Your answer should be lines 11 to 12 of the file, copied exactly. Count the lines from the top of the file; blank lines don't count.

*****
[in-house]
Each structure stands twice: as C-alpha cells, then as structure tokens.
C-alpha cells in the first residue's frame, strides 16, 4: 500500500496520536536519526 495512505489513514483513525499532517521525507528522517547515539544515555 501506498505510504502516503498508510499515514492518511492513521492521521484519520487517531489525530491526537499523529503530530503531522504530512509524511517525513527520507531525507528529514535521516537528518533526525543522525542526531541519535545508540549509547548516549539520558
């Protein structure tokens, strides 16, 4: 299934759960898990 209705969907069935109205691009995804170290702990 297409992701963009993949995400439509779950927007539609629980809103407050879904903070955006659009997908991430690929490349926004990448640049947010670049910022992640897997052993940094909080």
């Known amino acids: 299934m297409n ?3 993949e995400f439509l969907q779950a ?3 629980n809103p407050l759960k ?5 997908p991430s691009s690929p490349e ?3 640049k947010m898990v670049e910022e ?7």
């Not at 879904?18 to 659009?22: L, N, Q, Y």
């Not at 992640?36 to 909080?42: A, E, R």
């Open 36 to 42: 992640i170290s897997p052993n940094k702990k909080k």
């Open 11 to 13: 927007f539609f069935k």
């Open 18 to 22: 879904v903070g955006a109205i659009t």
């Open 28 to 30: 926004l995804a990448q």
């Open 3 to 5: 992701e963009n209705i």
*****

């Open 28 to 30: 926004l995804a990448q």
């Open 3 to 5: 992701e963009n209705i």